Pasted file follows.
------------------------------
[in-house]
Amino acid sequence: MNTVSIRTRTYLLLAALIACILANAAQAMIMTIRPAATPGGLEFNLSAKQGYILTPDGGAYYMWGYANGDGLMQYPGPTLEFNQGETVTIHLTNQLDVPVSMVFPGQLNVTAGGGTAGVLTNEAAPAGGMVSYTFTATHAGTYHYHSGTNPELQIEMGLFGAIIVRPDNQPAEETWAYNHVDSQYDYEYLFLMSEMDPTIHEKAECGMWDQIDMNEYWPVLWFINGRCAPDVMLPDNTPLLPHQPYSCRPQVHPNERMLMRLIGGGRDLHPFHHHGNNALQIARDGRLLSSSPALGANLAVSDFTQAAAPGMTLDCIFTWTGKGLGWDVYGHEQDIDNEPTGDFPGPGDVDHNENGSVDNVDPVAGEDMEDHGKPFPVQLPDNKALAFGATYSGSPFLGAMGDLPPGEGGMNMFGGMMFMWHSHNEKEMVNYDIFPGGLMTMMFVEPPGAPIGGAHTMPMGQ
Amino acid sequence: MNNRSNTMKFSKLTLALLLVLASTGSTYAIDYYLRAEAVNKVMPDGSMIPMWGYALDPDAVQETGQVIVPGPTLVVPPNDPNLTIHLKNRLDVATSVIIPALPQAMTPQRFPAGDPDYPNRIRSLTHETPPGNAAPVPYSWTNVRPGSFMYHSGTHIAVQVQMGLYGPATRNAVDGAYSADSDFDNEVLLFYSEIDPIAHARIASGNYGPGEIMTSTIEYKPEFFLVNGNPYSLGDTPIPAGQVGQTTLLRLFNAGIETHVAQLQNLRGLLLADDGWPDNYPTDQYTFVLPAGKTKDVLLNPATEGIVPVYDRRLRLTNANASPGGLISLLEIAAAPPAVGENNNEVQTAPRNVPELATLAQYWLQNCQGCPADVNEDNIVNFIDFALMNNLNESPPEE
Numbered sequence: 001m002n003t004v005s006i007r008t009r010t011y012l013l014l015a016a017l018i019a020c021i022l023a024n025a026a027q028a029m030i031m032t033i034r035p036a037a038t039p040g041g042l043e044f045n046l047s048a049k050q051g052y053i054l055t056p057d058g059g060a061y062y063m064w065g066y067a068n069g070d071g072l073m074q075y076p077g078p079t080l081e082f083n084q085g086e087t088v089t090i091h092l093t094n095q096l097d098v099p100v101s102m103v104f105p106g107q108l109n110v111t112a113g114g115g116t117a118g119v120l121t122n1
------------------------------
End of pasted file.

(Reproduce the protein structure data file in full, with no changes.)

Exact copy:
[in-house]
Amino acid sequence: MNTVSIRTRTYLLLAALIACILANAAQAMIMTIRPAATPGGLEFNLSAKQGYILTPDGGAYYMWGYANGDGLMQYPGPTLEFNQGETVTIHLTNQLDVPVSMVFPGQLNVTAGGGTAGVLTNEAAPAGGMVSYTFTATHAGTYHYHSGTNPELQIEMGLFGAIIVRPDNQPAEETWAYNHVDSQYDYEYLFLMSEMDPTIHEKAECGMWDQIDMNEYWPVLWFINGRCAPDVMLPDNTPLLPHQPYSCRPQVHPNERMLMRLIGGGRDLHPFHHHGNNALQIARDGRLLSSSPALGANLAVSDFTQAAAPGMTLDCIFTWTGKGLGWDVYGHEQDIDNEPTGDFPGPGDVDHNENGSVDNVDPVAGEDMEDHGKPFPVQLPDNKALAFGATYSGSPFLGAMGDLPPGEGGMNMFGGMMFMWHSHNEKEMVNYDIFPGGLMTMMFVEPPGAPIGGAHTMPMGQ
Amino acid sequence: MNNRSNTMKFSKLTLALLLVLASTGSTYAIDYYLRAEAVNKVMPDGSMIPMWGYALDPDAVQETGQVIVPGPTLVVPPNDPNLTIHLKNRLDVATSVIIPALPQAMTPQRFPAGDPDYPNRIRSLTHETPPGNAAPVPYSWTNVRPGSFMYHSGTHIAVQVQMGLYGPATRNAVDGAYSADSDFDNEVLLFYSEIDPIAHARIASGNYGPGEIMTSTIEYKPEFFLVNGNPYSLGDTPIPAGQVGQTTLLRLFNAGIETHVAQLQNLRGLLLADDGWPDNYPTDQYTFVLPAGKTKDVLLNPATEGIVPVYDRRLRLTNANASPGGLISLLEIAAAPPAVGENNNEVQTAPRNVPELATLAQYWLQNCQGCPADVNEDNIVNFIDFALMNNLNESPPEE
Numbered sequence: 001m002n003t004v005s006i007r008t009r010t011y012l013l014l015a016a017l018i019a020c021i022l023a024n025a026a027q028a029m030i031m032t033i034r035p036a037a038t039p040g041g042l043e044f045n046l047s048a049k050q051g052y053i054l055t056p057d058g059g060a061y062y063m064w065g066y067a068n069g070d071g072l073m074q075y076p077g078p079t080l081e082f083n084q085g086e087t088v089t090i091h092l093t094n095q096l097d098v099p100v101s102m103v104f105p106g107q108l109n110v111t112a113g114g115g116t117a118g119v120l121t122n1